Uncategorized, writing

Dubious Math and a Work in Progress

Happy Wednesday! Today is the day that our most excellent monkey maven, K.L. Schwengel, has designated as WIPpet Wednesday, which involves posting a date-related snippet of one’s work in progress. I’m working on an alternate history of sorts which takes place in a slightly different version of the world from 1880-1930. The theme is that it involves icy regions of the earth – the Antarctica and the Arctic and other desolate and fascinating places and the people who inhabit them (thus, the series is called “Icebound”). Here is the beginning from volume 2, “All Mouth and No Trousers,” currently in progress. My math is suspect, but involves: 27 lines (11+19+2+0+1+4-1)

Commandant Gorge Elderbatch didn’t actually read the letter from his wife until two days after receiving the bundle of mail. He was sitting in his office, laboriously attempting to compose and inspiring speech after delivering the latest round of orders to attain the impossible, create triumph out of disarray, and endure the unendurable for the sake of God, glory, and Shepherd’s Pie. A waft of Mrs. Elderbatch’s perfume rose from the crisp, neatly handwritten letter. She had told him the name of the perfume countless times, but he never could remember it. Something like Athena’s musk or St. Brigid’s Rose Arbor or maybe it was Henley’s Delectable Concoction. Whatever the name actually was, he conjured in his mind and image of his stately, rather prudish, carefully manicured, and pleasant smelling wife. He read the letter all the way through, blinked, wiped at his eyes – for they seemed to suddenly blur everything – and sat for a moment staring at his office wall before reading it again, slower this time.

Dear Gorge,

It is with little regret and great satisfaction that I pen this letter to you now. By the time you receive it, I will have left behind our modest home at 10 Will Bury Ln. and arrived at the sprawling veranda of Rodrigo Rodriguez Scardina’s cattle ranch in Brazil. You and I will have at last ended this farce of a marriage officially – for the vicar Williams assures me that your desertion of me and the children to that God-awful southernmost post is more than cause enough to file for divorce. If it is not, however, adultery on my part should seal the deal entirely. I warned you that if you left you would live to regret it. I imagine you assumed that threat was not something I was prepared to enact.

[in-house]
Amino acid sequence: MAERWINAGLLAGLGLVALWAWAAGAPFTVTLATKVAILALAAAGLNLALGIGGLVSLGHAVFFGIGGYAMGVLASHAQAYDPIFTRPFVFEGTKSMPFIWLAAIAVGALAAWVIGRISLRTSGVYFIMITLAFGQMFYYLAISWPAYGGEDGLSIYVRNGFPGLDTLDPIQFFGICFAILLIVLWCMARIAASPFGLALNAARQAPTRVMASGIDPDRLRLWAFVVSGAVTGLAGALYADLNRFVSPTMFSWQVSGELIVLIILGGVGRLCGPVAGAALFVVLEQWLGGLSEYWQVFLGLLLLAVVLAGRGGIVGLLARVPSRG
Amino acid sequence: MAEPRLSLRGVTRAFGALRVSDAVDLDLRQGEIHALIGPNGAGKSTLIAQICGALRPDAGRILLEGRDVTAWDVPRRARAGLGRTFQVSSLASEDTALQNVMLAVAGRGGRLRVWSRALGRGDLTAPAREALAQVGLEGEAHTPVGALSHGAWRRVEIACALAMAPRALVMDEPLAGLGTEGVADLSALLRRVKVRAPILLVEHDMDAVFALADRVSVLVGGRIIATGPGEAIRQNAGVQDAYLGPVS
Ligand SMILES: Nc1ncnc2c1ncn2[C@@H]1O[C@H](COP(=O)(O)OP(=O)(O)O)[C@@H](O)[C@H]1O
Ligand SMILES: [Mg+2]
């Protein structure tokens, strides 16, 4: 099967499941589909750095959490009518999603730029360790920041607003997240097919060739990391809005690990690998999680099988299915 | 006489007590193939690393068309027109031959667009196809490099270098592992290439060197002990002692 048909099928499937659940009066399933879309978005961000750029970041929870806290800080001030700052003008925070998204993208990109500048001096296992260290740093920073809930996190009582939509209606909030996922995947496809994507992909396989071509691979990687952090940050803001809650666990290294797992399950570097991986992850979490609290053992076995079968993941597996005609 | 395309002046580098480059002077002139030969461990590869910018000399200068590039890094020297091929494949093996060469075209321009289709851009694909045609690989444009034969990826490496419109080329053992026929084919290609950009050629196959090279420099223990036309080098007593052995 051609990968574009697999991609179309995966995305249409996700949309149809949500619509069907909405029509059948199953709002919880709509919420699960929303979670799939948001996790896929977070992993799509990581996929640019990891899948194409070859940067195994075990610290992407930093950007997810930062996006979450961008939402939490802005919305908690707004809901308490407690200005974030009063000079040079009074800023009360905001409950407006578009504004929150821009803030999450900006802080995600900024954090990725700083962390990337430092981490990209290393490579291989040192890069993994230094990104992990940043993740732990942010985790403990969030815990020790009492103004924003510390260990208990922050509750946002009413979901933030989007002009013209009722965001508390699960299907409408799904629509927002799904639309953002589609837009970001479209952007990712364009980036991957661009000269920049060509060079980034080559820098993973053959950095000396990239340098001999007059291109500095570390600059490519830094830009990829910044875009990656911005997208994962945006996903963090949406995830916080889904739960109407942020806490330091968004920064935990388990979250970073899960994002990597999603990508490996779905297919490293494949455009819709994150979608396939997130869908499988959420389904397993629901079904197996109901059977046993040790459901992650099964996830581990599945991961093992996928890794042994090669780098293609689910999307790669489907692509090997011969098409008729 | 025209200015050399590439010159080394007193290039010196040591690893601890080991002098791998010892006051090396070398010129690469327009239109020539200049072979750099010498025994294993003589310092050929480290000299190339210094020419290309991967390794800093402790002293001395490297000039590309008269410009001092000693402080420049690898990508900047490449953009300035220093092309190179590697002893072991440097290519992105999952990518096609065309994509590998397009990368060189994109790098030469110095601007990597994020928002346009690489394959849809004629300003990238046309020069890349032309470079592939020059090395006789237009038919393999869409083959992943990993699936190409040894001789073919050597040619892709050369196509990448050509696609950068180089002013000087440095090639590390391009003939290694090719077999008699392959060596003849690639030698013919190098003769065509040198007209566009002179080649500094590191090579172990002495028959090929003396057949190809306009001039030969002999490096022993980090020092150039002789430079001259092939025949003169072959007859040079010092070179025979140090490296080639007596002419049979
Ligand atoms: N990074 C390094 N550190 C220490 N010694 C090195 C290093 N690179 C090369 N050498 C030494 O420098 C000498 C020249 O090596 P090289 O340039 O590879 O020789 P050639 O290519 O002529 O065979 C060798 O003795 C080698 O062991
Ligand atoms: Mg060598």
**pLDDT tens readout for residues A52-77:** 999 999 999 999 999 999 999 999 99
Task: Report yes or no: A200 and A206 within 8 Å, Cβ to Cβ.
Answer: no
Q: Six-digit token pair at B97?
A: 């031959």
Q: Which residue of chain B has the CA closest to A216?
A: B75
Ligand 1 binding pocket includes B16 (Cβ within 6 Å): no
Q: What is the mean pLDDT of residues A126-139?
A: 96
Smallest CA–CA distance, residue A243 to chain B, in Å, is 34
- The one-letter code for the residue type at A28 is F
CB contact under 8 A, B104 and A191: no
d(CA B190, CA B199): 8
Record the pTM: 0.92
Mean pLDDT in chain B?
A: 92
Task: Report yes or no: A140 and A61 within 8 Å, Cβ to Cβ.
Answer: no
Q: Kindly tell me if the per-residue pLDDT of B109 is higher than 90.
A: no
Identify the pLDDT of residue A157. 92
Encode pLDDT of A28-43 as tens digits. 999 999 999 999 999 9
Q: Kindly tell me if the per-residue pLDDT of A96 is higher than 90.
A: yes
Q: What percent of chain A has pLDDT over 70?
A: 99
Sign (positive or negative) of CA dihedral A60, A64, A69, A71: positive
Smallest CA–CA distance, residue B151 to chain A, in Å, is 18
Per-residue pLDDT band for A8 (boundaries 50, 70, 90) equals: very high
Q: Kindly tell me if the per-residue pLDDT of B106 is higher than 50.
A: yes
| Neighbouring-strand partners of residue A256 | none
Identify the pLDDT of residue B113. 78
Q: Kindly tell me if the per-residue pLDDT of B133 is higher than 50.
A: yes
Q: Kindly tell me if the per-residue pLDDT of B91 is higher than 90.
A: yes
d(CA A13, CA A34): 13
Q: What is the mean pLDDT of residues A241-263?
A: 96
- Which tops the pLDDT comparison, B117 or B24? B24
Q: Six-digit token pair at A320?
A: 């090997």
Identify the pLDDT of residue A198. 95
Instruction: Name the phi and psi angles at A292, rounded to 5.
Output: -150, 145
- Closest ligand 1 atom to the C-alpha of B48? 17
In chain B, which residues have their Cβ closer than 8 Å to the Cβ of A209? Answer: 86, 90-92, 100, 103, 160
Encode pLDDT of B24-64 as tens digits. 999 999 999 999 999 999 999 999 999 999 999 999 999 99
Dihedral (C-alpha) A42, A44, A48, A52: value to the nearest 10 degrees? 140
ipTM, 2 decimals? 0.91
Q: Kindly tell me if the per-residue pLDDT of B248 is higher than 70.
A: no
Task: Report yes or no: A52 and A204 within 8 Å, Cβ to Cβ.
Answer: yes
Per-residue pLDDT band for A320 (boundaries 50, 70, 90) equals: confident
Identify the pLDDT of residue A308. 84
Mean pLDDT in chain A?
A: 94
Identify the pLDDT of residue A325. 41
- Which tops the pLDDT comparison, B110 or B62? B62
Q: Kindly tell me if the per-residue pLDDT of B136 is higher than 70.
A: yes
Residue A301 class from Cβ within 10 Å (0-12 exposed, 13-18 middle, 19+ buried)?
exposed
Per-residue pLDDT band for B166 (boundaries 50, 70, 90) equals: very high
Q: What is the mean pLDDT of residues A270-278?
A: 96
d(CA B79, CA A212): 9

Miss Electra Yellowsmile appeared in the doorway, her luminous blue eyes attentive. “What was that, sir? I didn’t understand what you were saying.”

It was at that moment the Gorge realized he had been reading the letter aloud. There seemed to be something wrong with his vision, which blurred and sharpened at irregular intervals. And there was a most tremendous throbbing in his temples the likes of which he had never experienced before. A voice rasped out:

“Mrs. Felicia Elderbatch has filed for divorce.”

The voice was a man’s. Since only he and Miss Electra occupied this room, logic told him that the voice was his. It got louder.

“She has taken Phebe, Edward, Maurice, Andrew, Prudence and even Methuselah the dog to South America to live with some bloke named Rodrigo! Do you hear me, Miss Yellowsmile? My wife has left me and filed for divorce!”

“Oh,” Electra responded, a dimple appearing in her pixie-like chin as she frowned, lips downturned in a perfect half-arc. “How very unwise of her.”

Join us if you’re game.

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writing

Tempus Fugit! And works in progress ….

Hello all!

I hope November is treating you right. I’m trucking along. I joined a “mini” NaNoWriMo challenge over on Livejournal with a goal of 750 words per day. I’ve made it every day so far although I can’t say it’s always been easy. I did switch to writing a nonfiction article for several of the days in order to get me through over the weekend. Whatever works, right?

I want to let everyone know about a promotion opportunity that I’ll be participating in this year – and that you can participate in as well. It’s called READ TUESDAY and it takes place on December 9, 2014. Learn more on the website http://readtuesday.com/

Now for my work in progress (WIPpet) which is supposed to take place on Wednesday every week. I’m just a little early. And we’ll gloss over the fact that I haven’t participated at all for the past two weeks. I’ve been doing stuff. Making mosaics of dubious quality, selling cockatiels, riding bikes with my dogs, taking painkillers for an ornery hip, and eating FAR too much. Among other things. And time management? So not my forte. Or even calendar management. I should just accept that about myself and remain an intermittent participant, it seems.

Ahem.